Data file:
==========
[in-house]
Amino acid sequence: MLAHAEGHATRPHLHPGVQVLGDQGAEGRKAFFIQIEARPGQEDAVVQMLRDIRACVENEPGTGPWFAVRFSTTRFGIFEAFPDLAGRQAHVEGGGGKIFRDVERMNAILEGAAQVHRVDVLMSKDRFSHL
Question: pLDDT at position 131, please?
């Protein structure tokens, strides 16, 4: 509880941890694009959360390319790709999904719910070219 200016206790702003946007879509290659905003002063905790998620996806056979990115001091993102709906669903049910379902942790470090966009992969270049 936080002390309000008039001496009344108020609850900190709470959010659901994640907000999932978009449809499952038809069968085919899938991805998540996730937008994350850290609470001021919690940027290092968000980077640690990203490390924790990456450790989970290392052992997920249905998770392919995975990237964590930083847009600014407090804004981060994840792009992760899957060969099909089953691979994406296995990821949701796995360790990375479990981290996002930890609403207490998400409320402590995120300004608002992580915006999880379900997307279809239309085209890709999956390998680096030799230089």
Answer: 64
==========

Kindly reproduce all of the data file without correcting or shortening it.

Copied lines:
[in-house]
Amino acid sequence: MLAHAEGHATRPHLHPGVQVLGDQGAEGRKAFFIQIEARPGQEDAVVQMLRDIRACVENEPGTGPWFAVRFSTTRFGIFEAFPDLAGRQAHVEGGGGKIFRDVERMNAILEGAAQVHRVDVLMSKDRFSHL
Question: pLDDT at position 131, please?
């Protein structure tokens, strides 16, 4: 509880941890694009959360390319790709999904719910070219 200016206790702003946007879509290659905003002063905790998620996806056979990115001091993102709906669903049910379902942790470090966009992969270049 936080002390309000008039001496009344108020609850900190709470959010659901994640907000999932978009449809499952038809069968085919899938991805998540996730937008994350850290609470001021919690940027290092968000980077640690990203490390924790990456450790989970290392052992997920249905998770392919995975990237964590930083847009600014407090804004981060994840792009992760899957060969099909089953691979994406296995990821949701796995360790990375479990981290996002930890609403207490998400409320402590995120300004608002992580915006999880379900997307279809239309085209890709999956390998680096030799230089």
Answer: 64